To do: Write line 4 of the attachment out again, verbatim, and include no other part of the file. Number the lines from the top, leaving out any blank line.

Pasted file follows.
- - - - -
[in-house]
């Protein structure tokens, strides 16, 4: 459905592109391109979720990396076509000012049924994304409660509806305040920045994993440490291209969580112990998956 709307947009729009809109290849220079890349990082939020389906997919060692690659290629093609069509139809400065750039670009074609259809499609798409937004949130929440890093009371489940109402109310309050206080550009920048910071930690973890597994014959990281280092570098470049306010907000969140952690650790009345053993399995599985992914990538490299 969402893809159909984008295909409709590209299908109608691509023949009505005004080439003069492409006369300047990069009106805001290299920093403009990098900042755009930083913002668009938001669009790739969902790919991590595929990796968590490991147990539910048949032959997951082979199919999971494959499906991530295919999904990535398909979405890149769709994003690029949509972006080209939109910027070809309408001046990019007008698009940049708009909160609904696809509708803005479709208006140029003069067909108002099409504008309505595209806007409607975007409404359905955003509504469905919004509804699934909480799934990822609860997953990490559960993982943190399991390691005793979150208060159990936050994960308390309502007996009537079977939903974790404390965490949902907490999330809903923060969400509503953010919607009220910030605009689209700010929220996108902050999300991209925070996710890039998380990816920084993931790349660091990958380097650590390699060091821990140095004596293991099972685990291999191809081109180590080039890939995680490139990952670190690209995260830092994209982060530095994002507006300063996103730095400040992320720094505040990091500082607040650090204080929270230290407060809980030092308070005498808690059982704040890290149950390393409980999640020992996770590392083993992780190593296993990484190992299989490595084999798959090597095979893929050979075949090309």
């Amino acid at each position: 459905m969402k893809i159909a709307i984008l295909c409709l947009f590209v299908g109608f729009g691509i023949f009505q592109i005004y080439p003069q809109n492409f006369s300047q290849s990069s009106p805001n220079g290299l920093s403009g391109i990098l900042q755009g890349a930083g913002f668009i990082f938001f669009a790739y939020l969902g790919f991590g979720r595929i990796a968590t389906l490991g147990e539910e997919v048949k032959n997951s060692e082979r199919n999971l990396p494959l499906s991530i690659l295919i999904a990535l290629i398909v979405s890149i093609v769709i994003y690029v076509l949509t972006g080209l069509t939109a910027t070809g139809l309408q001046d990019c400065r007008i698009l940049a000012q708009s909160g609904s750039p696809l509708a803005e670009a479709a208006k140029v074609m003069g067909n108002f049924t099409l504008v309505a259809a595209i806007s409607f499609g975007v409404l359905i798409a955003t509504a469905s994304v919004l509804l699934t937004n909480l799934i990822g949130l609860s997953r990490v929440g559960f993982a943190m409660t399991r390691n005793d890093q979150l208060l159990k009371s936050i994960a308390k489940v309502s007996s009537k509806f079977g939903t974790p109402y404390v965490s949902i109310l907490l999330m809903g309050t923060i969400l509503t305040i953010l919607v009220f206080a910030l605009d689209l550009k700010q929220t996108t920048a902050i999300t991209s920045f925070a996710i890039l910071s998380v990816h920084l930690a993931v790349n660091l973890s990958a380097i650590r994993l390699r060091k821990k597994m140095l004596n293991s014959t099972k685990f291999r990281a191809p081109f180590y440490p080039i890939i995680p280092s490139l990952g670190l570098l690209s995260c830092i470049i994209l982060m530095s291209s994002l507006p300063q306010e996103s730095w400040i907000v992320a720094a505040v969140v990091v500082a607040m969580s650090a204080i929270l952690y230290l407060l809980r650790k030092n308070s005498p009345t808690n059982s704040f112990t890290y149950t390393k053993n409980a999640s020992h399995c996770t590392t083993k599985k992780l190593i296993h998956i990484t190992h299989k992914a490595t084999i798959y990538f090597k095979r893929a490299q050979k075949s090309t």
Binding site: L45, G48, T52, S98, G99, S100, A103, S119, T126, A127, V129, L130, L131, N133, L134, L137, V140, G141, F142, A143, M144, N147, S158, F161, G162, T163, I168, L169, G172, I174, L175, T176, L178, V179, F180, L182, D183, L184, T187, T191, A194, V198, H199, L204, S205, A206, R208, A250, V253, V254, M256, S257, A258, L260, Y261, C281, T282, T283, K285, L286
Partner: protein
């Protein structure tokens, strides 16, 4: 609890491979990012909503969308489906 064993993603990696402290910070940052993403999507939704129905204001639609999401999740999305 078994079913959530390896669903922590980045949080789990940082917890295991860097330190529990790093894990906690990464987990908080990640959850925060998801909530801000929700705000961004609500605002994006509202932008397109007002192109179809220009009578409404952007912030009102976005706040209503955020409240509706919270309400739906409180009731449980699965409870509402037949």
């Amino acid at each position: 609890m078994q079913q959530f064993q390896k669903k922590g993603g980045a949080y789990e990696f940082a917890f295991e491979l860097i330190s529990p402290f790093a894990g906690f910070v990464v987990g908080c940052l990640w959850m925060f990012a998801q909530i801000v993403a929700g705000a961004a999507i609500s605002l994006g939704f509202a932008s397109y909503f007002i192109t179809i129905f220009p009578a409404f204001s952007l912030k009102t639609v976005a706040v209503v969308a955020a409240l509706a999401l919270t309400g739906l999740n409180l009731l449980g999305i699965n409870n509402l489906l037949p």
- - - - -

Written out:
Binding site: L45, G48, T52, S98, G99, S100, A103, S119, T126, A127, V129, L130, L131, N133, L134, L137, V140, G141, F142, A143, M144, N147, S158, F161, G162, T163, I168, L169, G172, I174, L175, T176, L178, V179, F180, L182, D183, L184, T187, T191, A194, V198, H199, L204, S205, A206, R208, A250, V253, V254, M256, S257, A258, L260, Y261, C281, T282, T283, K285, L286